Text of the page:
reply to this | link to this | view in chronology ]

  • identicon
    Anonymous Coward, 8 Jan 2015 @ 11:13am

    Lesson #1: Facebook is NOT "social media"

    Facebook is, as Stallman famously said, mass surveillance.

    Which is of course why the Chinese government is very anxious to have it adopted en masse in their country: it will expand the reach of their data collection activities.

    Provided, of course, that Facebook facilitates it. WHICH THEY WILL, because Facebook's sole motive is profit, and if profiting in the Chinese market requires giving a full data feed to the government, they'll do it without hesitation.

    And why not? Who will know? And if they do know, who will believe them? And if it comes out, they have plausible deniability -- they can claim, without an appropriate degree of righteous indignation, that they were hacked (wink, wink). Or they can claim that they were required to do so in order to be in compliance with the laws of China, the same they might be required to comply in Australia or Brazil.

    Facebook is in the business of making money by any means necessary and/or possible. Of course they will sell out their members to the Chinese government, because Facebook members are not Facebook users: they're merely the product.

    reply to this | link to this | view in chronology ]

  • identicon
    Anonymous Coward, 8 Jan 2015 @ 11:44am

    I don't care about twitter, myspace or facebook.
    I usually block tossers that send me to read articles on there.
    The only commenting system I've tried was Disqus, and I didn't like it, for slowing down the site somewhat.
    There's always someone, somewhere trying to censor your shit. Censor all of theirs in return.
    I prefer sites like here where I can just post without logging in, or providing any contact details and will not be censored unless it's a horrible troll/shill comment, but even those can still be viewed.

    reply to this | link to this | view in chronology ]

  • identicon
    Anonymous Coward, 8 Jan 2015 @ 11:45am

    Re:

    "Are we that far behind? Is it that better to live in a pseudo-democracy where you can't see where you'll be hit from? "

    Sorry, but that's stupid moral equivalence.

    In America and the west, we still have freedom of speech to speak against the government without being jailed or killed.

    You can burn the American flag but try the same to the Chinese flag or hold up a picture of Dalai Lama and get thrown in labor camp and worst have your organs harvested hby the government.


    China is deeply corrupt and even the socialist notion of rule of law is for sale.

    Don't be foolled by China's anticorruption campaigns, it's only for show and they are still jailing anticorruption activists.

    reply to this | link to this | view in chronology ]

    • identicon
      Pragmatic, 13 Jan 2015 @ 6:00am

      Re: Re:

      the socialist notion of rule of law is for sale.

      *Slow blink*

      Did you really say that the rule of law is a SOCIALIST notion???!

      reply to this | link to this | view in chronology ]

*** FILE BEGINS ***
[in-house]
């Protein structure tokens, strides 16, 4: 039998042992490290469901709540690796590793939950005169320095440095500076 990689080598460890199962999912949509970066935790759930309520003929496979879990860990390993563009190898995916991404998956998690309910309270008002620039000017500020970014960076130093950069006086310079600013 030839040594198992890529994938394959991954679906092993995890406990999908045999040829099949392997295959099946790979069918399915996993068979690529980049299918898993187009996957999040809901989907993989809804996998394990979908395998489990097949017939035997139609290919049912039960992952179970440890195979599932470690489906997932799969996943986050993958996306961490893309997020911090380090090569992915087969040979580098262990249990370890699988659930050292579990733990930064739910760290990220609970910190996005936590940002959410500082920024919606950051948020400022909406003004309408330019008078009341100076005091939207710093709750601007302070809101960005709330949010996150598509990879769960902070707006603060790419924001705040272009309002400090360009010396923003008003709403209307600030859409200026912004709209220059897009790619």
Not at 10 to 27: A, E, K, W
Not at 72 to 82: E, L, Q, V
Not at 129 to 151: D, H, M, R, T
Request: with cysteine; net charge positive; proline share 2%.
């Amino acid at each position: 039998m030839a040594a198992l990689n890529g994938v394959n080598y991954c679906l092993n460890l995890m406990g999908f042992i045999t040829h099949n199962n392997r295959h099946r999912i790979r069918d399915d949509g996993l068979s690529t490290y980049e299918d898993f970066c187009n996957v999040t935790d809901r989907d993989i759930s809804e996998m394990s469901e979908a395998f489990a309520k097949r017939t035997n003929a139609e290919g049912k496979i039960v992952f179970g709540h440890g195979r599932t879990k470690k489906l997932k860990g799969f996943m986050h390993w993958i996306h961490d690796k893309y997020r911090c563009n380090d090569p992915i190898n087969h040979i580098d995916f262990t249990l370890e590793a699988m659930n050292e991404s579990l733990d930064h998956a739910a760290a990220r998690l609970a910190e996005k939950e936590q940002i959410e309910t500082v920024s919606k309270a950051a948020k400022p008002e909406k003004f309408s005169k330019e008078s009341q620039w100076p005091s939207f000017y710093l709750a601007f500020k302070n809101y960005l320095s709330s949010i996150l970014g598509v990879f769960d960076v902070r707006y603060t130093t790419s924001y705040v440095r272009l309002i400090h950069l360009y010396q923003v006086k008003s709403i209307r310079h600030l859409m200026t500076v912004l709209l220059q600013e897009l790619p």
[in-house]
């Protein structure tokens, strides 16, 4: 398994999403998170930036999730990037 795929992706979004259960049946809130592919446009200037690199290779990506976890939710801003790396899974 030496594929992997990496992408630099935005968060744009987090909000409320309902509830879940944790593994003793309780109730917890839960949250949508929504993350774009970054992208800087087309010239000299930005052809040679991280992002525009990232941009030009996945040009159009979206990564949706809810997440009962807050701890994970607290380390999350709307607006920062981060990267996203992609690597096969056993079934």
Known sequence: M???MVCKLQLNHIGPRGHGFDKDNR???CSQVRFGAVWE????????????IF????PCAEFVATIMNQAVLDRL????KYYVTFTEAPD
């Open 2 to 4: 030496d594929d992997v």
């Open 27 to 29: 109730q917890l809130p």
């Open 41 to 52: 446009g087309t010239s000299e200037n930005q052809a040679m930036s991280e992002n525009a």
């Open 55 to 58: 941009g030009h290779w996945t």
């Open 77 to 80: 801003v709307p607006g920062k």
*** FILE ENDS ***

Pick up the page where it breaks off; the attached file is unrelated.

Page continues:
• identicon
    Anonymous Coward, 8 Jan 2015 @ 1:03pm

    I choose Reddit :)

    reply to this | link to this | view in chronology ]

  • identicon
    Anonymous Coward, 8 Jan 2015 @ 1:04pm

    Zuckerberg is laughing all the way to the bank every time someone uses his service. It's his service, and he can do anything he wants to with it.

    - sell details about account holder's personal information
    - censor whatever the little secretaries request
    - mess with people's news feeds in order to make them think happy thoughts

    I don't mind if people use his services, because I still have the right to opt out of using such services. People make their own choices in life. Rightfully so.

    reply to this | link to this | view in chronology ]

  • identicon
    Anonymous Coward, 8 Jan 2015 @ 2:54pm

    A template of where we're all headed

    reply to this | link to this | view in chronology ]

  • icon
    tqk (profile), 8 Jan 2015 @ 6:34pm

    ... the leading Tibetan activist, and certainly the most Net-savvy.

    That's sad (that she's the most savvy), and we appear to have wildly different interpretations of that phrase. First, net-savvy people don't do Facebook, or if they do they have a healthy skepticism about it. Second, she's apparently ignorant of FB's raison d'etre: make money from selling its users' eyeballs to advertisers. Third, she's not noticed that FB is just itching to get at China's 3+ billion suck ... er, users? That's not even web-savvy.

    She should request an interview with the Dalai Lama. Last I heard, he was pretty much on top of this sort of stuff.

    Failing that, next time put the thing on a website (or a few websites, and torrent sites, and anonymous ftp sites) then use every means possible (Twitter, email, news media, maybe even FB) to publicize its availability. That way, Zuckerberg and his minions likely will never even hear of what she's done, and won't be able to interfere even if they do.

    reply to this | link to this | view in chronology ]